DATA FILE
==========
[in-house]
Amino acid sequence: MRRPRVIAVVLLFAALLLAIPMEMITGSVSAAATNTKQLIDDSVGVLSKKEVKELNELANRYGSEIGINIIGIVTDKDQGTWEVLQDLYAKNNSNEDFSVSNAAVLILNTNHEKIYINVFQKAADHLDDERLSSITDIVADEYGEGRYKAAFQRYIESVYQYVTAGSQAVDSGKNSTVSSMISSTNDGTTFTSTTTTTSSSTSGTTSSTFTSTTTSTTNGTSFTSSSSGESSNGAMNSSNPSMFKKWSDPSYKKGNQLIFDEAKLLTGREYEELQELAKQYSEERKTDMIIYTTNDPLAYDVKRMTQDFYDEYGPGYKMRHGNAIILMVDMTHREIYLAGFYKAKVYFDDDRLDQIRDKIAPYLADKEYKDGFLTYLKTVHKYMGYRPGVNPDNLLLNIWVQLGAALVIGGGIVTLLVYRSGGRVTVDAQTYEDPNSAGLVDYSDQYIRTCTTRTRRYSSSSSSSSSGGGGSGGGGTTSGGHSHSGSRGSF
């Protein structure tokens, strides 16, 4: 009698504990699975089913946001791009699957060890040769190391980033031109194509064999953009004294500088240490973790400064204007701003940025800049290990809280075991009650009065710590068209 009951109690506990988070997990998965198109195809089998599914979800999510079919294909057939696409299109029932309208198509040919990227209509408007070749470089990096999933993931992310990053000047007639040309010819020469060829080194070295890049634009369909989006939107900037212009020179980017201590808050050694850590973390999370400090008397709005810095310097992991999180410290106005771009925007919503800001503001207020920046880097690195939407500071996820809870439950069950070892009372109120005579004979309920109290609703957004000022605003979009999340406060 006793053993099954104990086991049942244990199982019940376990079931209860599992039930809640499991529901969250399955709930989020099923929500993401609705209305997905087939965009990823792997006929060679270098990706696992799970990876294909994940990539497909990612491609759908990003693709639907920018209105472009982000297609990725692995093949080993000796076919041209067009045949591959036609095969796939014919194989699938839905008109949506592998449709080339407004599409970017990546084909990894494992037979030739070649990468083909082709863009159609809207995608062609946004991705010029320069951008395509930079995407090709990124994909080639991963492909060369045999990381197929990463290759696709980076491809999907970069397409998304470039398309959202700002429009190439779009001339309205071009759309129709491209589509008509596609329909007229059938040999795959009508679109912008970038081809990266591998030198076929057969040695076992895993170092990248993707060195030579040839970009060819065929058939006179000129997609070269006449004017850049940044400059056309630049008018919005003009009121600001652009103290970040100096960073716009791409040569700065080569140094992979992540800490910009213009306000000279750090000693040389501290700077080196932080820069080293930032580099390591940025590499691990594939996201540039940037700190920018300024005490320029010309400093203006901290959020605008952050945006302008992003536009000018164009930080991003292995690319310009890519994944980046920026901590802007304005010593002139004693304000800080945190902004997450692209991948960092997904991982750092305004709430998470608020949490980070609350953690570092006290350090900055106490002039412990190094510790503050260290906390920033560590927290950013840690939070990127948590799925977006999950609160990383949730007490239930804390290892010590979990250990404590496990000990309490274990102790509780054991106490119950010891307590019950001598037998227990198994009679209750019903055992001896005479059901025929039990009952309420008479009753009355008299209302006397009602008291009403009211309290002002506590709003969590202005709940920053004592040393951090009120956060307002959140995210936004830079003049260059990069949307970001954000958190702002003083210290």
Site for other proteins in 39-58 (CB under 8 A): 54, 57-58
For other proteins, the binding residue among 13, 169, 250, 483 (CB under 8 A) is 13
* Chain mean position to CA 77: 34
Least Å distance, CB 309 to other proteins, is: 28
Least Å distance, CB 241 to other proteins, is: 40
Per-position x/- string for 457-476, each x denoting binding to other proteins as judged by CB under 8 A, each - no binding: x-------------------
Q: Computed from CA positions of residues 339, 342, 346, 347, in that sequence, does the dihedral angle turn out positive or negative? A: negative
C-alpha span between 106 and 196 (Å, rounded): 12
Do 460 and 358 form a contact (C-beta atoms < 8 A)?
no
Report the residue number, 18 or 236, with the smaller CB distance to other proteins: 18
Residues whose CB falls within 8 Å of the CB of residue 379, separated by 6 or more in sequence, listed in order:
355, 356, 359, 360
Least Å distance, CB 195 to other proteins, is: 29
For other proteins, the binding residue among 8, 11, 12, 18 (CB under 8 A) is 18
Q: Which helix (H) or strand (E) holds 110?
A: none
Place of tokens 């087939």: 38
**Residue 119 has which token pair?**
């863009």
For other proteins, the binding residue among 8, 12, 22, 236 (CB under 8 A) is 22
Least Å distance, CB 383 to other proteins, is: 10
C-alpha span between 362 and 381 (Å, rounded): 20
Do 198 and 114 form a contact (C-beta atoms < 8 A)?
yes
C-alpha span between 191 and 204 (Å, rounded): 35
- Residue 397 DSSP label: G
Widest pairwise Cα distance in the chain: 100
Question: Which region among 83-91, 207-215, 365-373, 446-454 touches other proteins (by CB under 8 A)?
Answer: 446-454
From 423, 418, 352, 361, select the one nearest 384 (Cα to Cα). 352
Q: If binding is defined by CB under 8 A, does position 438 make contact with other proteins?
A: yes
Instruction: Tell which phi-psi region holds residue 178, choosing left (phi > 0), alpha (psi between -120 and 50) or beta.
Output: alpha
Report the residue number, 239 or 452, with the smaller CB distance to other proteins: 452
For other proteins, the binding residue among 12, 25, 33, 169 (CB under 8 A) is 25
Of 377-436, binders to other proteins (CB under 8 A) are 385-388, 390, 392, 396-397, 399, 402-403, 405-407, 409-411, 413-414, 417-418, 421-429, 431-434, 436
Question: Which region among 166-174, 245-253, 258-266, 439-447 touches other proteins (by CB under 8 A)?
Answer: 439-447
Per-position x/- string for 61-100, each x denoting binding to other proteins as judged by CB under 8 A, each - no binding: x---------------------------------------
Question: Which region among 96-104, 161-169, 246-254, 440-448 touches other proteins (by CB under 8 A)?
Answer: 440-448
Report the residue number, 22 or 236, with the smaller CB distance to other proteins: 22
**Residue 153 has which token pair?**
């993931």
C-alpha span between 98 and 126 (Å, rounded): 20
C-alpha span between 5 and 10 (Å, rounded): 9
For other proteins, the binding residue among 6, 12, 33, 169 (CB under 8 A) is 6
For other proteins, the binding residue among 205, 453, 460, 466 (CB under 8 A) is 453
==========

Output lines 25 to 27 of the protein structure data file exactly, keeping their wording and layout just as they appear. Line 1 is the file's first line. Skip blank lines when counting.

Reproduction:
Least Å distance, CB 383 to other proteins, is: 10
C-alpha span between 362 and 381 (Å, rounded): 20
Do 198 and 114 form a contact (C-beta atoms < 8 A)?